The Phoenix bureau of the Bureau of Alcohol, Tobacco, Firearms and Explosives sold more than 2,000 guns to operatives it believed to be working for Mexican drug cartels between 2006 and 2010. According to the ATF, Operation Fast and Furious was an attempt to track the weapons to high-level criminals.
Things went south when ATF guns began turning up at crime scenes, including the murder of a U.S. Border Patrol agent. Now, as part of its investigation, the GOP-led House Oversight and Government Reform Committee is demanding the Obama administration turn over documents relevant to the operation.
President Barack Obama refused, invoking "executive privilege."
I put "executive privilege" in quotes because it does not appear in law. Presidents of both parties--back to 1796--have asserted that the constitutional separation of powers grants the Executive Branch an inherent right to ignore subpoenas.
The standard argument is that compliance would reveal the internal deliberations of the president, his Cabinet officers and other government officials who require the presumption of privacy in order to engage in internal debates and deliberations.
This is Obama's first use of "executive privilege," but both by historical and legal standards, it is radically overreaching. The closest we have to a definitive word on executive privilege dates to the Watergate scandal, when the Supreme Court ruled against Richard Nixon's attempt to stonewall Congress. As long as a prosecutor could argue that the relevant documents were essential to the justice of a case, and did not compromise national security, Chief Justice Warren Burger said, the president would have to fork over the documents.
Operation Fast and Furious, a law enforcement matter, doesn't qualify under the Burger ruling.
Once again, Obama is following precedent established by George W. Bush, whose legal advisers seem to have missed the class about how Americans decided not to be ruled by a king. Bush, who promoted another legal fiction, a "unitary executive" branch, invoked "executive privilege" six times.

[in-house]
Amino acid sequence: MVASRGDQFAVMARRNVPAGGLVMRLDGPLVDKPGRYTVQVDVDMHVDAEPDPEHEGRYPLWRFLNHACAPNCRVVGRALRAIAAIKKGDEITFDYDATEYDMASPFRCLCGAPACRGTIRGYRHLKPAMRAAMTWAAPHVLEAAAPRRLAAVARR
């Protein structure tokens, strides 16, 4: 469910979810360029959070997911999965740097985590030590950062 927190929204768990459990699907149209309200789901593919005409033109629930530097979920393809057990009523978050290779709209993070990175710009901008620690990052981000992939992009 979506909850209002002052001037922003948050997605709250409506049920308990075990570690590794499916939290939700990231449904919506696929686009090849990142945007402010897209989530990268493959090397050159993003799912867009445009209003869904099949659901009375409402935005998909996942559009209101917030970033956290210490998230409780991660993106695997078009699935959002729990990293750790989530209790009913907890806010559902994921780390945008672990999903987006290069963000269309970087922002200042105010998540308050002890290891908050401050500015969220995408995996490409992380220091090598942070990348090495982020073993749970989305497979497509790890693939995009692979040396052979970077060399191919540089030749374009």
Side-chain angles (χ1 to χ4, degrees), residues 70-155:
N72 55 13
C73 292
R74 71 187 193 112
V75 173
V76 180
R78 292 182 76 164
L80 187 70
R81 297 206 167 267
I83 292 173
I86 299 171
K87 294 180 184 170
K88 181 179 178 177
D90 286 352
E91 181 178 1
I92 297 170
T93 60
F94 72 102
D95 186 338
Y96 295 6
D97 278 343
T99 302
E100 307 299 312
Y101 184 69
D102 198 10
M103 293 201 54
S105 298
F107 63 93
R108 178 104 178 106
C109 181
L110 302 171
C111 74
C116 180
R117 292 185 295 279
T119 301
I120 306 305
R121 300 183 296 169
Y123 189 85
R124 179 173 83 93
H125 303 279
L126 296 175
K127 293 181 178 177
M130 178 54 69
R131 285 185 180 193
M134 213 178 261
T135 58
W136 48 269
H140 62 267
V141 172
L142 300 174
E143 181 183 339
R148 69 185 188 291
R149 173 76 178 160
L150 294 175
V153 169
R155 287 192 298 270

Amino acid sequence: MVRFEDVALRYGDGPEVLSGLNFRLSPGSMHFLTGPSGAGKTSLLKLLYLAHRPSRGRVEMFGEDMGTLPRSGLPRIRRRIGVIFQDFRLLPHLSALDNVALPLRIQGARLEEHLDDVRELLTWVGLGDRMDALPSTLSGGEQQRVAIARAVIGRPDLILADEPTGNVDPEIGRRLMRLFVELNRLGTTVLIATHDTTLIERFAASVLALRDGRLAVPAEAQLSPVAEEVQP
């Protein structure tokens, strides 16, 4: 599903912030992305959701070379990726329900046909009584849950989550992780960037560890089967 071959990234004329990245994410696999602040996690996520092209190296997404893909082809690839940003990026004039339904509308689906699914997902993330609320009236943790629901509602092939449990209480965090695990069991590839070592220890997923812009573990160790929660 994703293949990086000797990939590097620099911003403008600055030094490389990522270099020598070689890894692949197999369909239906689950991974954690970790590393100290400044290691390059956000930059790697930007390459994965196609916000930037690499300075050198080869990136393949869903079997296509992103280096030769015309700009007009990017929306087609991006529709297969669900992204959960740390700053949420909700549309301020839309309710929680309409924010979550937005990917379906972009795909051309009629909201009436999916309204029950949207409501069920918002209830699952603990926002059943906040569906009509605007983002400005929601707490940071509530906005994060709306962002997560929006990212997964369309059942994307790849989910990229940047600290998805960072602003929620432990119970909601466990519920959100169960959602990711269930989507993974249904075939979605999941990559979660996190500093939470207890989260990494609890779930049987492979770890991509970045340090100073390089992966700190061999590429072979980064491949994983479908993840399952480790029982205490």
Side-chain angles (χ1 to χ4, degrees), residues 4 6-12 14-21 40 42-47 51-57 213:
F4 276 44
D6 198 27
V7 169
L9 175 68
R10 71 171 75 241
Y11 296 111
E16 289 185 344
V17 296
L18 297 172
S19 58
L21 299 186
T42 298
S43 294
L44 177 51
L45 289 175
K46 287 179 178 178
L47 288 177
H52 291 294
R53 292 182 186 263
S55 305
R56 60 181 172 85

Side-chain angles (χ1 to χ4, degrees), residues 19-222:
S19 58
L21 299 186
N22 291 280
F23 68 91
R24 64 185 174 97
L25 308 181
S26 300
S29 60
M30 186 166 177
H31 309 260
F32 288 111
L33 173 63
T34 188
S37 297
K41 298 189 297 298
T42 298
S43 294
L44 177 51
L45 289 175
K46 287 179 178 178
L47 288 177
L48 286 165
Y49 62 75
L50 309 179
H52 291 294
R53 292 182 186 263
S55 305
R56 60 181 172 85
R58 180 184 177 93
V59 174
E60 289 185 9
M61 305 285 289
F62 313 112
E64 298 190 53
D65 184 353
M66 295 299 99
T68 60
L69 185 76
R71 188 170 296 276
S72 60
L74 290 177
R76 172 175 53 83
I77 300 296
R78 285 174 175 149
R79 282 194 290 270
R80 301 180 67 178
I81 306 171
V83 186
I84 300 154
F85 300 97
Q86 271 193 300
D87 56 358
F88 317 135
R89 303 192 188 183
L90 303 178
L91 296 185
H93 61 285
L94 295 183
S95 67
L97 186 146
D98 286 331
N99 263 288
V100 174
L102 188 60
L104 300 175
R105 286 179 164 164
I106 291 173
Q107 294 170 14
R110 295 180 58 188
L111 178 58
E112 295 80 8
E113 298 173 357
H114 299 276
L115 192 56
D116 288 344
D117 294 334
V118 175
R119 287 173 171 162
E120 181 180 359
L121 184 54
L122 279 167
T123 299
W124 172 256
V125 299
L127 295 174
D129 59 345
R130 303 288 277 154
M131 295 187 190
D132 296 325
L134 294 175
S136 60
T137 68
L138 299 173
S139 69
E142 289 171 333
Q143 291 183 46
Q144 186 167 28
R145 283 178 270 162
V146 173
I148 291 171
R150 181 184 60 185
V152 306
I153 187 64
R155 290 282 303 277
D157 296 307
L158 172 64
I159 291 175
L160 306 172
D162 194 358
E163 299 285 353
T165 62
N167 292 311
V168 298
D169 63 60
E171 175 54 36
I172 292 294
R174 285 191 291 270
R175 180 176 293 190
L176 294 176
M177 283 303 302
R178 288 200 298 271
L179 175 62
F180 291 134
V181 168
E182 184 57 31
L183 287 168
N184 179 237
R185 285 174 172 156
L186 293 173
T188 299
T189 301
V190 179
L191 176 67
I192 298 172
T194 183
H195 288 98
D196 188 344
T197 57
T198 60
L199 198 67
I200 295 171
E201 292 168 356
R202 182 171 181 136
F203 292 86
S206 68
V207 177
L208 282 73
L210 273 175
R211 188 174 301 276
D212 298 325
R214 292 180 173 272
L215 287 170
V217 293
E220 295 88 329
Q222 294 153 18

Because the Constitution grants the Senate (but not the House) the right to ratify treaties, George Washington refused to turn over notes about the negotiations of the Jay Treaty with Great Britain, claiming "executive privilege." But he did give them to the Senate. And the Supreme Court overruled Thomas Jefferson's 1807 claim that providing his private correspondence to Aaron Burr's defense in his treason trial would imperil national security.
Americans enjoy the presumption of innocence and the right to a fair and speedy trial, by a jury of their peers, under the Sixth and Seventh Amendments. Yet Obama--building on a secret assassination program against so-called "terrorists" begun under Bush--asserts the right not only to deprive U.S. citizens of these rights, detaining them indefinitely and denying them a trial, but to assassinate them.
Too bad the Tea Party's constitutional purism is so inconsistent, focusing more on fighting the Democrats than protecting our freedoms. With no one to push back, we're no longer a democracy.